• Thank you Margaretha, a really heart-warming comment and the kind of thing I need to hear from someone who has been there. Forgive the huge generalisation, but it seems to me that the bravery and thus opinionatedness is woven into the DNA of the Iberians and sometimes their initial training in Spain or Portugal is at odds with current “gentler” methods. When the flashes of understanding do happen, as you say, the rewards are such, that’s what I hope and try for….


  4. A small update for those who were kind enough to comment and others who read this post and may have felt I needed a stern talking to/kick up the backside. On this glorious, sunshiny afternoon (the following day) the Spaniard and I had a relatively successful outing. Mounting statically went well. We did manage some calm periods and I went with the “gotta go” when it was safe – even if that meant belting along the verge of a (becalmed) country road at one point! Suddenly hope came, well, if not flooding, then certainly trickling back. Thanks so much for the comments, which really did help me get back in the saddle in a more positive frame of mind.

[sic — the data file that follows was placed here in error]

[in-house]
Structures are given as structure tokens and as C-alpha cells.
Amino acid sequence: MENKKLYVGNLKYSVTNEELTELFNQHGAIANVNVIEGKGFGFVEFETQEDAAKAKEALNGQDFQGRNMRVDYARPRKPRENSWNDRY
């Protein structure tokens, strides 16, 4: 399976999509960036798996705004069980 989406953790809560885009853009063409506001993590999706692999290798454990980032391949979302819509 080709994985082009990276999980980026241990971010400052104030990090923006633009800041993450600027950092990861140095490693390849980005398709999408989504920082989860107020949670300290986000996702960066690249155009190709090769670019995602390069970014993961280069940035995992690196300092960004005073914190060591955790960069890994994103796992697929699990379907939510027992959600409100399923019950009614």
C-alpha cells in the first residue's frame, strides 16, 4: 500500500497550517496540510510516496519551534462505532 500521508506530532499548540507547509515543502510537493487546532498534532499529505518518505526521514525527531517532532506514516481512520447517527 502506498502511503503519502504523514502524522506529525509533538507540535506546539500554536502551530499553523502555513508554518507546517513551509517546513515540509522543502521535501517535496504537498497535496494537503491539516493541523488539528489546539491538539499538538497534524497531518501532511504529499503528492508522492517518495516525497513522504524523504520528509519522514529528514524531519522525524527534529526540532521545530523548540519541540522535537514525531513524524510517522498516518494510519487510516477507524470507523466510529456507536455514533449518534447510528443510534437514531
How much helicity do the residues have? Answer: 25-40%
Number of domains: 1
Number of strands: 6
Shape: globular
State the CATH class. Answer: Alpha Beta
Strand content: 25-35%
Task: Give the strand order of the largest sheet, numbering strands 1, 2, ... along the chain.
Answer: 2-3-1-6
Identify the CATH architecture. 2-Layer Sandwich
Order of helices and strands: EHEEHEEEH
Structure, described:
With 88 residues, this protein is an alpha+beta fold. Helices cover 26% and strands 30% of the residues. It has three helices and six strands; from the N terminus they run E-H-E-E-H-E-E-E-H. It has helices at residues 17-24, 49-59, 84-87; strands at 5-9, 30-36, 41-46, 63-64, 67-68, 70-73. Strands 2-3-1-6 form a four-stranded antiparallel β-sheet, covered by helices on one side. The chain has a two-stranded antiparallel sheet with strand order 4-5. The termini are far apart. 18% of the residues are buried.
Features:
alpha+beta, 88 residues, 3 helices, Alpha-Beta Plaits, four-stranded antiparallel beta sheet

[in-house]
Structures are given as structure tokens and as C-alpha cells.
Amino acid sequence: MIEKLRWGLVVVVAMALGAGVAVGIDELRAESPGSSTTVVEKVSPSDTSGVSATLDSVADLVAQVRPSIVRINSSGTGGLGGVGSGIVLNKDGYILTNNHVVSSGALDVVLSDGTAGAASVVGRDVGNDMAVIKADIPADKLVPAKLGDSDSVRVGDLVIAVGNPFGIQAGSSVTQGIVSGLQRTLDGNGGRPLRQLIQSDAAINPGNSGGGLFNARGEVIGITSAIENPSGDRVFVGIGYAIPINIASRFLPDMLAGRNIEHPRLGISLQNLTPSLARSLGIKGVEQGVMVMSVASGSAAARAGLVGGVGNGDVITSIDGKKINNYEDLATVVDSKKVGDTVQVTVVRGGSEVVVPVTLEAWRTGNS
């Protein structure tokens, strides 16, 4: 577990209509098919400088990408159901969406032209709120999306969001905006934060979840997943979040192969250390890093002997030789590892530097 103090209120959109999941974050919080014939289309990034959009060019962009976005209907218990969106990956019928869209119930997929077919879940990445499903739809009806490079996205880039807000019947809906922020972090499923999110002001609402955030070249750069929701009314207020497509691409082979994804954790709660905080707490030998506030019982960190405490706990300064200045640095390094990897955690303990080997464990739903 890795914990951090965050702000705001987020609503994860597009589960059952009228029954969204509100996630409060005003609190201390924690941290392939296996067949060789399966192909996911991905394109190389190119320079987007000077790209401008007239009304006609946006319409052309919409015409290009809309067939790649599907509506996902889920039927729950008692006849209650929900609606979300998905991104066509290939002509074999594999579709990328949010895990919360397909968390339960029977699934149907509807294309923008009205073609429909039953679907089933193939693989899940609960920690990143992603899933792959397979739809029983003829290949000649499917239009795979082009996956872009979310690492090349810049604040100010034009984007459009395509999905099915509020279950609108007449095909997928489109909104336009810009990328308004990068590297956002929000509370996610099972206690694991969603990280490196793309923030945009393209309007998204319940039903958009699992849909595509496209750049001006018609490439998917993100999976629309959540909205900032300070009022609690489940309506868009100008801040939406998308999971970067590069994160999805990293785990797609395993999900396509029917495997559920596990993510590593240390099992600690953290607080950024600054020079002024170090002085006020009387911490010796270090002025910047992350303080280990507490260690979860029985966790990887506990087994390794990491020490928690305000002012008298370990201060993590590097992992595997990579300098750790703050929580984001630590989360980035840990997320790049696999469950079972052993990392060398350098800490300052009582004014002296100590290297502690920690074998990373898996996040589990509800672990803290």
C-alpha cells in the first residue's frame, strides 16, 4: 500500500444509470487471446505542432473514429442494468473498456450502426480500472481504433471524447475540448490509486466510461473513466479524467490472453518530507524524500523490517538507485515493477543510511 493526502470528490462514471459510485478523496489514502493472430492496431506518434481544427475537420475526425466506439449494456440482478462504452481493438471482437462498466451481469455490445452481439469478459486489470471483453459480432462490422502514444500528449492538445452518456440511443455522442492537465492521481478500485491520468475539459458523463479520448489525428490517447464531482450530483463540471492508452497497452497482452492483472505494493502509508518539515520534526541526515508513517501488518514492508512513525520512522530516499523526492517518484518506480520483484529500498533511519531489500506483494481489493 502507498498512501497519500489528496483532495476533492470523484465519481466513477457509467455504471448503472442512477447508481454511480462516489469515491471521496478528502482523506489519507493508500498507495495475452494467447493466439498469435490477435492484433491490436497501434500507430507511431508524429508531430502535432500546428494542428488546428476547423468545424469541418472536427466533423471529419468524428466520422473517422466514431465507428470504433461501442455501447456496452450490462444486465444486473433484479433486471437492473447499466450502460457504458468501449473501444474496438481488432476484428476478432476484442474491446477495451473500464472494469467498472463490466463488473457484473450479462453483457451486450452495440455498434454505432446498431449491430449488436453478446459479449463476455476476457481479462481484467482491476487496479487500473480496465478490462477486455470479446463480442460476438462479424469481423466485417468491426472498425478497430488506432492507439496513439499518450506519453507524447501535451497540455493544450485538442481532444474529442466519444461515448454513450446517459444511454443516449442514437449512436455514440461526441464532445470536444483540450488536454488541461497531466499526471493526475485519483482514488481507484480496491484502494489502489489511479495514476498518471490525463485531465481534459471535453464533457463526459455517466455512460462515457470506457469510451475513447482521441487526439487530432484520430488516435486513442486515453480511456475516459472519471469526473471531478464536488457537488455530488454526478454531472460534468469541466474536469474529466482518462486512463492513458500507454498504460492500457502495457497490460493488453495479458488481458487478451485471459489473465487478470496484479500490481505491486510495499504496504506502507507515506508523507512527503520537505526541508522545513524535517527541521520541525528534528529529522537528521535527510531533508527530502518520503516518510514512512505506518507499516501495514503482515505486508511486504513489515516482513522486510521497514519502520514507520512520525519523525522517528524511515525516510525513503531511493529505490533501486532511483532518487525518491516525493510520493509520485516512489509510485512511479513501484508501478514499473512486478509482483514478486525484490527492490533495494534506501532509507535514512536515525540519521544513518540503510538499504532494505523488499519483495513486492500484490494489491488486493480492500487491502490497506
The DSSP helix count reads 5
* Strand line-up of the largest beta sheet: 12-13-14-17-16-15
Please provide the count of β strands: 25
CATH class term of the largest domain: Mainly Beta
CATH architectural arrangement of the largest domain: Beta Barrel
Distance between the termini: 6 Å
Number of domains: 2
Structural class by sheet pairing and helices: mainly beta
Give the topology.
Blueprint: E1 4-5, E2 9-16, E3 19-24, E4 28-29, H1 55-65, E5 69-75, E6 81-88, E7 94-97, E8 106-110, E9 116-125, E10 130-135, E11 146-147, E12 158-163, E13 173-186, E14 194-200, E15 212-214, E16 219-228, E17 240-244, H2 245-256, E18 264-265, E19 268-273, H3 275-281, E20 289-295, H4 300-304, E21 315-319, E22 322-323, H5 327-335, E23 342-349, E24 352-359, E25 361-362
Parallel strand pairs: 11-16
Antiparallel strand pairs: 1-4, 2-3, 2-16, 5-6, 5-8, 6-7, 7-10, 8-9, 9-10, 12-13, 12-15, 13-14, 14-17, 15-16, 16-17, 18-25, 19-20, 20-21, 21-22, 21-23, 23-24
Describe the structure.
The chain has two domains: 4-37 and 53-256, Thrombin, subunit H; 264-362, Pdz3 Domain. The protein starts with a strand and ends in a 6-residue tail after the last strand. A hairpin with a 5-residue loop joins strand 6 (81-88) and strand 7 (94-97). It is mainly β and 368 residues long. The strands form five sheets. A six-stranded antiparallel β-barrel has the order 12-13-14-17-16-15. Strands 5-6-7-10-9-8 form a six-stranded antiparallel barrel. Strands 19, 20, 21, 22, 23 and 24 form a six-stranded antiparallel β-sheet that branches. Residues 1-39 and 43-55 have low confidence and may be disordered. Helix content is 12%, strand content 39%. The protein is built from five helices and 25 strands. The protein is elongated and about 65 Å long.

5. rontuaru says:

    You’ve had such a rough year. I give you TONS of credit for hanging in there and giving it your all. I think your Spanish boy is going to really surprise you and turn into a lovely “grow old together” horse. He’s come a long way already. And I know how hard it is to be doing everything pretty much all alone. I’m in the same boat. Sometimes it feels like one step forward, three steps back. But you have made progress in spite of some really big setbacks. So imagine how good things will be if you can (both) stay healthy and get some great riding weather! Set small … very small goals. I have to keep reminding myself of that too. Sometimes too much time spent looking and reading (online) at all the great progress others are making (in leaps and bounds) depresses me and makes me wonder what’s wrong with us, but then we have that really great adventure and I know that if I can just be patient we’ll be a fantastic team. Hang in there and don’t be so hard on yourself or your boy. I think his goober nuttiness will pass! (And if not, at least you’ll have something interesting to write about!!!)